Class is an issue that affects practitioners too. It may be an increasingly contested, elastic concept, yet classism remains a real experience for those affected, including those who, like myself, having been born into the working class of east Glasgow, then later growing up in the council estates of north east England, find themselves moving in professional, notionally ‘middle class’ circles. Classism is about how people are perceived but, more importantly, it is about how those perceptions manifest in the behaviour of others towards classed individuals.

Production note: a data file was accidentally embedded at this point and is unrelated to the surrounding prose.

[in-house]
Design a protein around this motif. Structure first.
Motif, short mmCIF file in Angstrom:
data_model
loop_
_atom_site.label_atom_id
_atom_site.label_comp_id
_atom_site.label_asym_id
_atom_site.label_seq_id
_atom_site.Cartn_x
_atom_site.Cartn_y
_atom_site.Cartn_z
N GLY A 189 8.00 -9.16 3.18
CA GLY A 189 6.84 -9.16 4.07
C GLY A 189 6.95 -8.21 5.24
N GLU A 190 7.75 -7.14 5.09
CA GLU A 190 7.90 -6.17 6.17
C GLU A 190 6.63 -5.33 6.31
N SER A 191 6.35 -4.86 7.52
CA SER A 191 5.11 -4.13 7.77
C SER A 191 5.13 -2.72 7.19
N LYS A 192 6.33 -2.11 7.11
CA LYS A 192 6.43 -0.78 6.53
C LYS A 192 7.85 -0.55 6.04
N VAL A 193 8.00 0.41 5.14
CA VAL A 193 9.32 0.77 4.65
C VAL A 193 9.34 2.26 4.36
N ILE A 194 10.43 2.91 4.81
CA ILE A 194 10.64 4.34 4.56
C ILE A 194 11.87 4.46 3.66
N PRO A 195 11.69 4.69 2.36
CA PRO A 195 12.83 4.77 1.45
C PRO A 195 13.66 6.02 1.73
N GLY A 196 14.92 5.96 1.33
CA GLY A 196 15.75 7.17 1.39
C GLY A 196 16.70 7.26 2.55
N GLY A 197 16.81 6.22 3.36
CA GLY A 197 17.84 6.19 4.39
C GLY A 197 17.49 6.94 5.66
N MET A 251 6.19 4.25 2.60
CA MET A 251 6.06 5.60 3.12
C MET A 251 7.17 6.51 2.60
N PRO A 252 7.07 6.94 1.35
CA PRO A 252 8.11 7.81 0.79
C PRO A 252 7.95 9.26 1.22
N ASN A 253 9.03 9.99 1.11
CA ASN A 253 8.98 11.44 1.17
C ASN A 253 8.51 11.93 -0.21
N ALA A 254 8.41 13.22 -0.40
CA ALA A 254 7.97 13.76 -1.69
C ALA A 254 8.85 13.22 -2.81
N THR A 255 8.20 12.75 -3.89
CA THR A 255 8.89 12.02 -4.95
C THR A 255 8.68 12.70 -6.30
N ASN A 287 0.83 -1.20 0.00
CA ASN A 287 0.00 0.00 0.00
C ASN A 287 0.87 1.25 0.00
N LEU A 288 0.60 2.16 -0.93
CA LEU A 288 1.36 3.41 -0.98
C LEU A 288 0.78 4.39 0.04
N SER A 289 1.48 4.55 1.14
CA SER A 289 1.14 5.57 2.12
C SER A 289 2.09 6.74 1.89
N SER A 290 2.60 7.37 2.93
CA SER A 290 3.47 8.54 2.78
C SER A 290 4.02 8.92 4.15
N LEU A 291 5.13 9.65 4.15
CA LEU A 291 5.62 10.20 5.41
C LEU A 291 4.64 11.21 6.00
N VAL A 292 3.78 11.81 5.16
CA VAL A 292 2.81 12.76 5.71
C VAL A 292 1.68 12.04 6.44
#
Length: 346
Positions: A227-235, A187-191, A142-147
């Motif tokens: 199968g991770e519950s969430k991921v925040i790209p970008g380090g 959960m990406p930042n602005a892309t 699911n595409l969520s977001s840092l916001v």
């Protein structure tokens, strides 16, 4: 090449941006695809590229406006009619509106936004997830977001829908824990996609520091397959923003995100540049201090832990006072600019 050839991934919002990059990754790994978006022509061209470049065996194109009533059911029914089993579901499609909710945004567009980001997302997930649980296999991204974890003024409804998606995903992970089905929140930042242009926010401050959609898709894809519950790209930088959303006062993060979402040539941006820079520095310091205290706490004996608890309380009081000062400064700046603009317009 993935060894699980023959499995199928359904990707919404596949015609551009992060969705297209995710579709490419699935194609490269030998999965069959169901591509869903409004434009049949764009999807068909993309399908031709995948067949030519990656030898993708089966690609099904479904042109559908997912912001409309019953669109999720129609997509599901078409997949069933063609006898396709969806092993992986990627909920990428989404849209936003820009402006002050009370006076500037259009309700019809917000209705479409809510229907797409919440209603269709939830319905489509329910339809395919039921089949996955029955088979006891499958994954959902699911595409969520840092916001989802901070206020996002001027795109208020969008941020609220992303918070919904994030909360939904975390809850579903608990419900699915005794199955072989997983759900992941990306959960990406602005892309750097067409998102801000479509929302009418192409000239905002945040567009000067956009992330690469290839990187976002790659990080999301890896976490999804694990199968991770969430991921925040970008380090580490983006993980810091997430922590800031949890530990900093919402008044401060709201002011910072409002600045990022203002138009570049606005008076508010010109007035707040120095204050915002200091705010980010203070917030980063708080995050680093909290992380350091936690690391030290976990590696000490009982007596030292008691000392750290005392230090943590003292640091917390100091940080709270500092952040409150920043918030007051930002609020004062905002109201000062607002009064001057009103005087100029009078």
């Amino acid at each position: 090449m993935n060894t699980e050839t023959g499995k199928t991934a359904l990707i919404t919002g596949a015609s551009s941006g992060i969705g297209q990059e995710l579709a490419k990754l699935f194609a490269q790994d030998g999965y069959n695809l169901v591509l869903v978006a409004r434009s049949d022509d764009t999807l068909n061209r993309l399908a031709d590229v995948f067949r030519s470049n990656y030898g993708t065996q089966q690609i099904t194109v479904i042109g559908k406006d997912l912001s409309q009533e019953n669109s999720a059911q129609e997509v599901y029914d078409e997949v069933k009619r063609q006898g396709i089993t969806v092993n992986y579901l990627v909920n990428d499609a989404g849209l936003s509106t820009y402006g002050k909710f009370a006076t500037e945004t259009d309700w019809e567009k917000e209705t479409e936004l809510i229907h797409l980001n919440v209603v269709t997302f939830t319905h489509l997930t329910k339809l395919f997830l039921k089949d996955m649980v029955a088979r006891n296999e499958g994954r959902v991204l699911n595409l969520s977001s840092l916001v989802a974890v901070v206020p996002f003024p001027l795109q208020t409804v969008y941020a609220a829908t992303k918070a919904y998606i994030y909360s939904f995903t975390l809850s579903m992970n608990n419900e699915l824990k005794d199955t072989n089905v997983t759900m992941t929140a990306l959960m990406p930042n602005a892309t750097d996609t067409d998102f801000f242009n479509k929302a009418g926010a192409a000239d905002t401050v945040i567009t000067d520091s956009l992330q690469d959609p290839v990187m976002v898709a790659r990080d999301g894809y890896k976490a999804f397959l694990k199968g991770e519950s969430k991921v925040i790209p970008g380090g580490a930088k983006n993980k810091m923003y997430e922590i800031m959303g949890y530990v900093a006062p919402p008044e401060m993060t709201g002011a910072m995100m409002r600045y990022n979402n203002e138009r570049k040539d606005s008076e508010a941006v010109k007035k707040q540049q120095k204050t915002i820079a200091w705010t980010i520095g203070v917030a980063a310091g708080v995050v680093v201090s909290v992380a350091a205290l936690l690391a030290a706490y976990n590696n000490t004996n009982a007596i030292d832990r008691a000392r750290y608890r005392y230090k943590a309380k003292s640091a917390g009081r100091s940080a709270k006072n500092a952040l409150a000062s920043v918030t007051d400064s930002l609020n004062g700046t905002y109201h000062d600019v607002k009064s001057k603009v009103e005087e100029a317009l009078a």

Consider how those of us from the lower classes are problematised as ‘aggressive’, where others are celebrated as ‘passionate’. Where I might be described as ‘mad’, ‘crazy’ or ‘dangerous’ because of my accent, appearance and idioms, others exhibiting often far more damaging behaviour due to their relative power and influence in society, are feted as ‘eccentric’, ‘unpredictable’ or even ‘disruptive’ - a word that used to cause consternation when appearing on my school report card but which, interestingly, is seen much more positively nowadays, having been claimed as badge of honour by clean-cut young men in suits seeking to promote their credentials as ‘disruptive innovators’. Here’s the thing: Working class people have always been disruptive innovators, whether through creative approaches to daily survival in a world hostile to their interests, or in achieving wider societal change through fighting for land rights, protesting police killings, anticolonialism, women’s rights activism, or mobilising in protest against imperialist wars. Those of us in the cheap seats, who have achieved some modicum of success in life, have done so not because classism doesn’t exist, but despite the fact that it does. What else are we capable of? It is precisely that question which leads many of those of higher-class status to seek, consciously or otherwise, to keep we louts and oiks in our places. Three words to illustrate the point: Jacob Rees-Mogg (or is that two? My state school education didn’t extend to explaining how double-barrelled surnames worked) who once said Grenfell victims ‘lacked common sense’ and spends much of his time as a parliamentarian reclining on the benches like an awkward Edwardian bon vivant but without the party invites, voting for reductions in state benefits for the lower classes while voting against tax rises that would see extremely affluent people like himself pay more into the public coffers. Jane Addams’ biographer, Louise Knight, speaks of Addams’ conviction that “those who felt such [class] superiority and chose to isolate themselves from the rest of humanity were, in fact, uncultured in the more profound sense of the word.” Who does that describe?